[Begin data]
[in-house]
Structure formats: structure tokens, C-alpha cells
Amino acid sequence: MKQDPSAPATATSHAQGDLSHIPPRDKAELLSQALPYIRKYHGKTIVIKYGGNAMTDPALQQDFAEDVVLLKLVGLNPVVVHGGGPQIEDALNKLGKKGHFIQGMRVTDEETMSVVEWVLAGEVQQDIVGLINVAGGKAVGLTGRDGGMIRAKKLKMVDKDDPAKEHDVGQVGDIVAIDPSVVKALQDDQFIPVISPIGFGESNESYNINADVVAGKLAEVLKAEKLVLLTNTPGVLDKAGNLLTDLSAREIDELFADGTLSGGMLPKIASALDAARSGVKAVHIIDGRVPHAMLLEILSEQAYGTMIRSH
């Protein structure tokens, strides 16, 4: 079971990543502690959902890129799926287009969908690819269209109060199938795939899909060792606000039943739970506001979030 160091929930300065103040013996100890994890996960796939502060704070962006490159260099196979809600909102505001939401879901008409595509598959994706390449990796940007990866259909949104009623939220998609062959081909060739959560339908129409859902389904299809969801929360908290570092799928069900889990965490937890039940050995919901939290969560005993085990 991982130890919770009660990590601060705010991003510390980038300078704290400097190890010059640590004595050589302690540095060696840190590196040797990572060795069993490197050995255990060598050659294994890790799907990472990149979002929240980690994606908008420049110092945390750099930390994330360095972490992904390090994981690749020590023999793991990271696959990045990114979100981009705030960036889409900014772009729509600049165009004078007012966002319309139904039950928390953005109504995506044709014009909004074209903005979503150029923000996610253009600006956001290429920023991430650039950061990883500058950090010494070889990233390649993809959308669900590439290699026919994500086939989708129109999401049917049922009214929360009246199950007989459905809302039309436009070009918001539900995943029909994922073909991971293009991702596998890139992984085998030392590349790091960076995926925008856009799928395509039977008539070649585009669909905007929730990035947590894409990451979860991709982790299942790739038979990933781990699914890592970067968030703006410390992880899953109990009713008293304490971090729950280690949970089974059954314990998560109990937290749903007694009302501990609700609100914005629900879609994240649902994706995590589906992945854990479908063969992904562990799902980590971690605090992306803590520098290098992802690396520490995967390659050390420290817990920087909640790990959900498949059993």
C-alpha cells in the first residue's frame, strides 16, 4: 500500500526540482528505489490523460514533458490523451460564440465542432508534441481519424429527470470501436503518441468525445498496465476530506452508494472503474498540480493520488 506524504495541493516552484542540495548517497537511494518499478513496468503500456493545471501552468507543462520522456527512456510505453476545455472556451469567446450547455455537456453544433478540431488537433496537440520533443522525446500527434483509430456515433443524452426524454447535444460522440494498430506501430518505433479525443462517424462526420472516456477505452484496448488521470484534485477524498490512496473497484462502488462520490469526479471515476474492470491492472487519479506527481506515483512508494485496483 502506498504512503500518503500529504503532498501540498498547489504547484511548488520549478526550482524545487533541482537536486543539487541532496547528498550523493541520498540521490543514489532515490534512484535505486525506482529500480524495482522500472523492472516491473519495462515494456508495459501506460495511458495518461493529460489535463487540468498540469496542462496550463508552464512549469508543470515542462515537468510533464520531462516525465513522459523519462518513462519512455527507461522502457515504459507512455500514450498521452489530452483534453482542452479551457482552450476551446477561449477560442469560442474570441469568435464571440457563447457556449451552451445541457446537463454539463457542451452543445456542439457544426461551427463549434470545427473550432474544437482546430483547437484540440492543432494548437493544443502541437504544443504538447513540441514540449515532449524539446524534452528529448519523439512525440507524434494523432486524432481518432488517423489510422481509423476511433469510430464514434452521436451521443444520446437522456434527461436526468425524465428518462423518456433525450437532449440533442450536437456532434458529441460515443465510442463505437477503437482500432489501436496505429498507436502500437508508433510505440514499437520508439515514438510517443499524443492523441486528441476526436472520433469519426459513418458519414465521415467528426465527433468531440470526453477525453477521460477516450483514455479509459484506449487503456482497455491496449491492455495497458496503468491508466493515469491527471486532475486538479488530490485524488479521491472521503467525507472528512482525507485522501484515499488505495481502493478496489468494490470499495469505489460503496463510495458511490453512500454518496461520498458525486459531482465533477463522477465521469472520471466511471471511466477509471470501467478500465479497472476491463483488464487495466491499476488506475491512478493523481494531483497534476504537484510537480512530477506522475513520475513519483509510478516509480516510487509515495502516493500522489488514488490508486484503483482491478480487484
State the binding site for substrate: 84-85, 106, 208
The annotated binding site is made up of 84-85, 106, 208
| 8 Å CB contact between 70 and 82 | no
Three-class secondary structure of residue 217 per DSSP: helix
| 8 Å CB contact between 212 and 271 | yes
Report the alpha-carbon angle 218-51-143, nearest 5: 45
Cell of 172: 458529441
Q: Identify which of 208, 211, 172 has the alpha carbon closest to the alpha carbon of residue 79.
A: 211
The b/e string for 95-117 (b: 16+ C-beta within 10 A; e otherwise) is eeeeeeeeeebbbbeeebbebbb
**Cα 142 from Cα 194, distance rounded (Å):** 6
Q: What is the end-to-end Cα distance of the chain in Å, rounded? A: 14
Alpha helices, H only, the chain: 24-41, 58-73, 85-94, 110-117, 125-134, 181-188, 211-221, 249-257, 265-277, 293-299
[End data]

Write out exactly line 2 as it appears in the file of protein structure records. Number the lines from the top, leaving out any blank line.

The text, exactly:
Structure formats: structure tokens, C-alpha cells